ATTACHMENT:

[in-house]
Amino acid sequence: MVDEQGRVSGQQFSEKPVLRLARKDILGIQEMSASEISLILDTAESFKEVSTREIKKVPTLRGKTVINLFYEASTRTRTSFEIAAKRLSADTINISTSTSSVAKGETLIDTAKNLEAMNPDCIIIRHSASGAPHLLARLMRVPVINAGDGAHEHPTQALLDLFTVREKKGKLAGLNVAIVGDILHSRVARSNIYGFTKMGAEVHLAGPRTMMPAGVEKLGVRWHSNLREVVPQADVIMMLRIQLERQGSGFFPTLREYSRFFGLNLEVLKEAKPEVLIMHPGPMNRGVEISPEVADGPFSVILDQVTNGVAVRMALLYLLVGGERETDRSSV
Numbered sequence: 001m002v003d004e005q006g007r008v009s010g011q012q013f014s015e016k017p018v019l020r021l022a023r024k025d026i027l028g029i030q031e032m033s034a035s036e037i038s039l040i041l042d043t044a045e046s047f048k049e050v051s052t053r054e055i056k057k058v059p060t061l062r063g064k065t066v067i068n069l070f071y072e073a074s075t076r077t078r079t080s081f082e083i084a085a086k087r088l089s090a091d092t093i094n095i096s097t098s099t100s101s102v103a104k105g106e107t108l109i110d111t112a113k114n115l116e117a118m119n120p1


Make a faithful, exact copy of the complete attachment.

[in-house]
Amino acid sequence: MVDEQGRVSGQQFSEKPVLRLARKDILGIQEMSASEISLILDTAESFKEVSTREIKKVPTLRGKTVINLFYEASTRTRTSFEIAAKRLSADTINISTSTSSVAKGETLIDTAKNLEAMNPDCIIIRHSASGAPHLLARLMRVPVINAGDGAHEHPTQALLDLFTVREKKGKLAGLNVAIVGDILHSRVARSNIYGFTKMGAEVHLAGPRTMMPAGVEKLGVRWHSNLREVVPQADVIMMLRIQLERQGSGFFPTLREYSRFFGLNLEVLKEAKPEVLIMHPGPMNRGVEISPEVADGPFSVILDQVTNGVAVRMALLYLLVGGERETDRSSV
Numbered sequence: 001m002v003d004e005q006g007r008v009s010g011q012q013f014s015e016k017p018v019l020r021l022a023r024k025d026i027l028g029i030q031e032m033s034a035s036e037i038s039l040i041l042d043t044a045e046s047f048k049e050v051s052t053r054e055i056k057k058v059p060t061l062r063g064k065t066v067i068n069l070f071y072e073a074s075t076r077t078r079t080s081f082e083i084a085a086k087r088l089s090a091d092t093i094n095i096s097t098s099t100s101s102v103a104k105g106e107t108l109i110d111t112a113k114n115l116e117a118m119n120p1